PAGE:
The weather may be cold but your heart surely isn’t and the winter months are no reason to stop visiting friends and family. The problem, however, is that the harsh winter weather can make visiting friends and family a bit difficult, if not downright dangerous. So what are some things you can do to stay safe while traveling by car this winter?
10. GET A TUNE-UP
Get your car a tune-up during the fall months so that you’re already prepared for winter travel. Make sure you switch to all-season or winter-weight oil, check and/or replace your windshield wiper blades, have your battery checked, and check to make sure all of your fluids are at the proper level.
9. PACK EMERGENCY SUPPLIES
If you’re traveling in bad weather, or are traveling into an area that may experience bad weather, make sure you have a kit with emergency supplies on hand. Emergency supplies include, but are not limited to, a snow shovel, ice scraper with brush, tier chains, flashlights, jumper cables, flares, a flag to signal for help, a sleeping bag, first aid supplies, and some sort of high-energy snack food.
8. CHECK YOUR TIRES
Will you definitely be driving in a snowy area? The tread on your tires needs to be 6/32 of an inch deep for you to get safe traction in the snow. The average new tire has treads that are 10/32 of an inch. Make sure you’re your tires aren’t worn out before you embark on any journey and consider changing those summer or all-performance tires to something a little more appropriate.
7. USE YOUR HEADLIGHTS
Use your headlights whenever you are traveling in bad weather. In some states it’s law to use your headlights if it is raining, snowing, or if you are using your windshield wipers. Your lights make you more visible and will lessen the likelihood of others pulling out in front of you and causing a serious accident. Remember, just because you see them doesn’t mean they see you.
6. WARM UP YOUR VEHICLE
Letting a vehicle sit idle while turned on for an extended period of time can be harmful to the engine block. Let the engine idle just long enough to defrost your windows so that you can safely see where you are going and then hit the road. Driving a vehicle is the best way to ensure it is properly warmed up.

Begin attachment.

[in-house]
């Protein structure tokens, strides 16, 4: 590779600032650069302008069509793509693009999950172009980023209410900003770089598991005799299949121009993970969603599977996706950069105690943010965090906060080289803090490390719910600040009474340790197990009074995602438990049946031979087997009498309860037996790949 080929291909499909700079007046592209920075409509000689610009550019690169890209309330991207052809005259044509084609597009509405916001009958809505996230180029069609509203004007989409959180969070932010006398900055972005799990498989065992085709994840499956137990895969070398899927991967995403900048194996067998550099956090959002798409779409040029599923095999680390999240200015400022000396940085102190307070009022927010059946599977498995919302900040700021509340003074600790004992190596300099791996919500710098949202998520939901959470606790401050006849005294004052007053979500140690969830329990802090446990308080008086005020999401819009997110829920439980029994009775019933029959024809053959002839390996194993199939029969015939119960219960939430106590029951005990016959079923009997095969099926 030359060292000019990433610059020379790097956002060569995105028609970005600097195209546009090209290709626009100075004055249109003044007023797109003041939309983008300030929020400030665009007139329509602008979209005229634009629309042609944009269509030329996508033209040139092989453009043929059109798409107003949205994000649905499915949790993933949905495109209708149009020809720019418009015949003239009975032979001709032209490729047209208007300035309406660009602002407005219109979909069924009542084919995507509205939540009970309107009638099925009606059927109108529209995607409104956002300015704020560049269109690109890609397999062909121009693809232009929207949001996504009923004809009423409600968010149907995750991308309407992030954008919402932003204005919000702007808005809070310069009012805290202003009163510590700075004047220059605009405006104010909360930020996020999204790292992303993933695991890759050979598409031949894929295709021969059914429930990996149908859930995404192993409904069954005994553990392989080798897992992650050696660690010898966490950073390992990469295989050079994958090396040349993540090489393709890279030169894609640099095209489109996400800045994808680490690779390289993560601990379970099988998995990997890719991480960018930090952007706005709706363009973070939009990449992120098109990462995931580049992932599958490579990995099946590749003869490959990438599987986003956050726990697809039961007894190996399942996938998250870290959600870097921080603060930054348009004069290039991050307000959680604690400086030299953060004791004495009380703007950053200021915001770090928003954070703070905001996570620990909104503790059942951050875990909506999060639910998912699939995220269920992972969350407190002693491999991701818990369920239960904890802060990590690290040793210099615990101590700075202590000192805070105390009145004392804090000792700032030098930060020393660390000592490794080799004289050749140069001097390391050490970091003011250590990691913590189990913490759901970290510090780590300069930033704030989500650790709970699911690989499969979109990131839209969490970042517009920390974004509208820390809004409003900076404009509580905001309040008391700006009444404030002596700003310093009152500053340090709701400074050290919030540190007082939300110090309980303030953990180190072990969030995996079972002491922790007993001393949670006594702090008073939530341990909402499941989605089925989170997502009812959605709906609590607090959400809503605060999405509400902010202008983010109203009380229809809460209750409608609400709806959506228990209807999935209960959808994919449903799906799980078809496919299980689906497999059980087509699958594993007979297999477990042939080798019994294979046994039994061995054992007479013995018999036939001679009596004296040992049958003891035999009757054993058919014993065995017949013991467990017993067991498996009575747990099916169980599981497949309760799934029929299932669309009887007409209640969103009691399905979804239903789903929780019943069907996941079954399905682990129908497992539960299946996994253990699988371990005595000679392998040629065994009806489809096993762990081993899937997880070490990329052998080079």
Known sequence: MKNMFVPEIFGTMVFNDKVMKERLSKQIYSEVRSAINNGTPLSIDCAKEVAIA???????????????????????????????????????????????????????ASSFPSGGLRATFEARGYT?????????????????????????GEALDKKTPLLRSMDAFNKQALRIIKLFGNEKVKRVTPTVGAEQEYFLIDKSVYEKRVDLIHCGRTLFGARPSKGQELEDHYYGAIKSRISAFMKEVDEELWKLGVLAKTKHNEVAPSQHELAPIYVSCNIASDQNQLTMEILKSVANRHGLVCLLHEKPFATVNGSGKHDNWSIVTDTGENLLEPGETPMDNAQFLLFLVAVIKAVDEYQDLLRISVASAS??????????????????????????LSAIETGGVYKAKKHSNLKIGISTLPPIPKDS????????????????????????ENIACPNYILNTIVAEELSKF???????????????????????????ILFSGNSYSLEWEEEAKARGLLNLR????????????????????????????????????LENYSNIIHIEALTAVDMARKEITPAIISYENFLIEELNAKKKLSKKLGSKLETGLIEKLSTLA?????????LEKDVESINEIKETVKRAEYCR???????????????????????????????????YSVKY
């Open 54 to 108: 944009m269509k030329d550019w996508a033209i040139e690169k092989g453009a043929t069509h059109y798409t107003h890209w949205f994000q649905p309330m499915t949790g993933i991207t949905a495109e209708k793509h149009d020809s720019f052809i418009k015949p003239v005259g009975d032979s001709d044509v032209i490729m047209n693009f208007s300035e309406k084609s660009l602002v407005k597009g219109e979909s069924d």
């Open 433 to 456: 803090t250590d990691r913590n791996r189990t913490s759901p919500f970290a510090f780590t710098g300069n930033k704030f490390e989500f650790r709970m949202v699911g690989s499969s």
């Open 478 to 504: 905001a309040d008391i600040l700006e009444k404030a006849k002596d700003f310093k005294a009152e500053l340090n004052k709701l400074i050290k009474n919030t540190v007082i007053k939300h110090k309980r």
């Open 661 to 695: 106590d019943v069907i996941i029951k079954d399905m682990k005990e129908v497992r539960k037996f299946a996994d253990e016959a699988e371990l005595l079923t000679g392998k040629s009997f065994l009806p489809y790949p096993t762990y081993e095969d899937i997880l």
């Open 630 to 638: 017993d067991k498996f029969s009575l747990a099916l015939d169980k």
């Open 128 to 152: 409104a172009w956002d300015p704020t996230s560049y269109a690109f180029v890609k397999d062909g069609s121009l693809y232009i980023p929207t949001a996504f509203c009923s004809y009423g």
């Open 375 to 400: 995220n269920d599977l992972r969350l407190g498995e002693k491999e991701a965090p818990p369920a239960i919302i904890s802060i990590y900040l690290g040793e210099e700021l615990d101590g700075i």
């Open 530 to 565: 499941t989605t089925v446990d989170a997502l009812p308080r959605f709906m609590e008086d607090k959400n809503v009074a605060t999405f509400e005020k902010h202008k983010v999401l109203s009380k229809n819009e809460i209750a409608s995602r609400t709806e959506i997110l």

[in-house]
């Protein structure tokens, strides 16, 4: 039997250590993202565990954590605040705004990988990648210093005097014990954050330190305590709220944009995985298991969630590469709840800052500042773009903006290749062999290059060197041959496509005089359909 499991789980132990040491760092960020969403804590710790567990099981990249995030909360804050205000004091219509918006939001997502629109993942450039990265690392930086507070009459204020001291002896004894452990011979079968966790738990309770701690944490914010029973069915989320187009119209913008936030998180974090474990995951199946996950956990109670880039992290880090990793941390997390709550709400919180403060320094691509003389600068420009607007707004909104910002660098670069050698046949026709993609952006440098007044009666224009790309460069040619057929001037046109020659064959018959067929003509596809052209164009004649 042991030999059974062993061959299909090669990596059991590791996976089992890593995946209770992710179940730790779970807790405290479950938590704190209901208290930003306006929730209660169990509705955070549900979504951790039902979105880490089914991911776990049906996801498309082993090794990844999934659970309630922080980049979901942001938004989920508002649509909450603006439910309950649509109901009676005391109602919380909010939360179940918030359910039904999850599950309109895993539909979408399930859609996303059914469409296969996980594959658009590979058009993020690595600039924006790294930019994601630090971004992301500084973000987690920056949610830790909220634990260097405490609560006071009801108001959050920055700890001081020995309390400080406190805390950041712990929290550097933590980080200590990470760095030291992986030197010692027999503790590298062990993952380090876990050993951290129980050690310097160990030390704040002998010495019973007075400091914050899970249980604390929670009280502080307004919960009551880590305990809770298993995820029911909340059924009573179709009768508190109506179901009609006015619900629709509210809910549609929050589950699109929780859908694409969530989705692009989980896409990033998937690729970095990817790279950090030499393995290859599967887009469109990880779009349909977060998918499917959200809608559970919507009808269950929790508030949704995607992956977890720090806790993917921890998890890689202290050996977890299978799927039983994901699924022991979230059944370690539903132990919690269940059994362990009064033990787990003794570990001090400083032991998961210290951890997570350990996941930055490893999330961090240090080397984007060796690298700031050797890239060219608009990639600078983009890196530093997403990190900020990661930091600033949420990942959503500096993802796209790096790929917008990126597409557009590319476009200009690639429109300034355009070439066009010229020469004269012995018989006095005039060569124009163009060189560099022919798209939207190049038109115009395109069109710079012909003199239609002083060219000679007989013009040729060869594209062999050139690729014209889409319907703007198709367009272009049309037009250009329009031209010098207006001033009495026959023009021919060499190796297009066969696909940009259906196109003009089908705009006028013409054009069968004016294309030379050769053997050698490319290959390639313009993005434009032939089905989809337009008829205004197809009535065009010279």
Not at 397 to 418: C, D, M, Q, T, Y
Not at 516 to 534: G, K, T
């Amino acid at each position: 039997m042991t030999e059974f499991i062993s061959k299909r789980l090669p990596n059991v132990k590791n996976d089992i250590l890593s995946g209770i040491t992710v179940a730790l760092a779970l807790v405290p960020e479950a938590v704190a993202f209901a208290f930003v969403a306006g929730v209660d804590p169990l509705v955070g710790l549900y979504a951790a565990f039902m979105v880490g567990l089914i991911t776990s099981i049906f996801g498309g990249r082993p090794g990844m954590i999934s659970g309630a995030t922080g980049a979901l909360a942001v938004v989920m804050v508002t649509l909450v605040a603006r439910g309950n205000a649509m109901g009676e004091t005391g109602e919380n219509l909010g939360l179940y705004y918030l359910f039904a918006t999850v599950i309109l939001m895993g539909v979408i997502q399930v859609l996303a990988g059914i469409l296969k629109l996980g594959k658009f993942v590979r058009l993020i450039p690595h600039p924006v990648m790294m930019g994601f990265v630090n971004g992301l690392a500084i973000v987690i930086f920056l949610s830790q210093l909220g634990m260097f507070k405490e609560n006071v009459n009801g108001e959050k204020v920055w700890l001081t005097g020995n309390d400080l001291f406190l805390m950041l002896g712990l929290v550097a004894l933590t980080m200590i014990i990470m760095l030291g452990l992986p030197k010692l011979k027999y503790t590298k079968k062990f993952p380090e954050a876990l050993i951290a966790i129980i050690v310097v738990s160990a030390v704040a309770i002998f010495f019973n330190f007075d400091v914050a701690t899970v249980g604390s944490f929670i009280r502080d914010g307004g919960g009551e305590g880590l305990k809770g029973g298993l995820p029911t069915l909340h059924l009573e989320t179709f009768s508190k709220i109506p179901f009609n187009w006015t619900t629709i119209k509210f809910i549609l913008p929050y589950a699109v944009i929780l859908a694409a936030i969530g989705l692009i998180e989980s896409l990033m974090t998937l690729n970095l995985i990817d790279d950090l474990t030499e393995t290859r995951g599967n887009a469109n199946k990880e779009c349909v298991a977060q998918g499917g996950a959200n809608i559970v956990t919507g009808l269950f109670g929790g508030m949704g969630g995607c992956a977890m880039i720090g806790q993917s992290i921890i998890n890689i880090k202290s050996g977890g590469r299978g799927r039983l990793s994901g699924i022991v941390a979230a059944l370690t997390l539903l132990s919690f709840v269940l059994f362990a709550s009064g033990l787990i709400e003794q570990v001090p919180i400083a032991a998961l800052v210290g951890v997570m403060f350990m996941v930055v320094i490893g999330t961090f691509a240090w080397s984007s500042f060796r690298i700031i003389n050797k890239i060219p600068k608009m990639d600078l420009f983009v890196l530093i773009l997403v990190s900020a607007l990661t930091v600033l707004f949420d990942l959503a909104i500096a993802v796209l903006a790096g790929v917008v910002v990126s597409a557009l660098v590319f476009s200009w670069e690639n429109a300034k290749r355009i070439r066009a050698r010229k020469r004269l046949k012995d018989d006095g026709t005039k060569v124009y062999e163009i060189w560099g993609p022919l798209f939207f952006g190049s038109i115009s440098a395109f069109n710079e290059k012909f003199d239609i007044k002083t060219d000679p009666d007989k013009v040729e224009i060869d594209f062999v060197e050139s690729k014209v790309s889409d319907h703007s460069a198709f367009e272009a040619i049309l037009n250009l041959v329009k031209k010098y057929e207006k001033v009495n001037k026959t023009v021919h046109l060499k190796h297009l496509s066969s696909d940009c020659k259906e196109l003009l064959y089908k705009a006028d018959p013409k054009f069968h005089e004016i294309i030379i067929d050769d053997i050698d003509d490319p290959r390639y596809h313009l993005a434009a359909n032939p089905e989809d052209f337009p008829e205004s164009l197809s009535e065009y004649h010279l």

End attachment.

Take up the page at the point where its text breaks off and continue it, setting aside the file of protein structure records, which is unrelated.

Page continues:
5.TAKE YOUR TIME
Take your time and drive slowly if you find yourself in bad weather. Maneuvering your vehicle will take longer on a snowy road than on a dry road, even if you have a 4 wheel drive vehicle. This includes stopping, accelerating, and turning – and if you’re going to fast you could slip or slide and cause an accident. Increase your normal following distance from 4 seconds up to as much as 8 or 10 seconds.
4. KNOW THE ROADS
Are you going to visit friends or family that you visit every year? If so, you should already be relatively familiar with the roads you’re going to travel. Make a mental note of which roads get iciest first, which bridges are worst in bad weather, and when or where you might encounter a nasty hill. Anticipate problems and try to avoid them.
3. DON’T DEPEND ON TECHNOLOGY
Your car having all-wheel drive or electronic safety features does not automatically mean you’ll be safe when driving in winter weather. All-wheel and four-wheel drive, for example, will help you to accelerate but won’t do anything for you when it comes to making an icy turn or slowing your car down. Use common sense and don’t let innovative technological features fool you into feeling safer than you are.
2. CARRY A CELL PHONE AND CHARGER
Make sure you have your cell phone with you while in the car. Note, that doesn’t mean you should be on it while you’re driving but that you should have it handy in case of emergencies. You may need it to call for help if you break down, get stuck in the snow, or have an accident. Don’t forget to pack a charger in case you are stuck for an extended period of time.
1. CLEAN YOUR CAR
Clean your car as often as possible while traveling in bad weather. This means cleaning off not just enough of the windshield to afford you a small amount of visibility, but cleaning off the entire windshield, hood, trunk, headlights, and top of your car. Remember, in some states it is illegal to drive your car with snow or ice on top. This is because melting ice tends to fly off in chunks and can cause serious injury – even death – to the drivers you hit.
Cold winter weather shouldn’t keep you cooped up in the house all season long but it should be cause for pause. Prepare yourself properly for a winter road trip and you’re guaranteed to make it from point A to point B safely.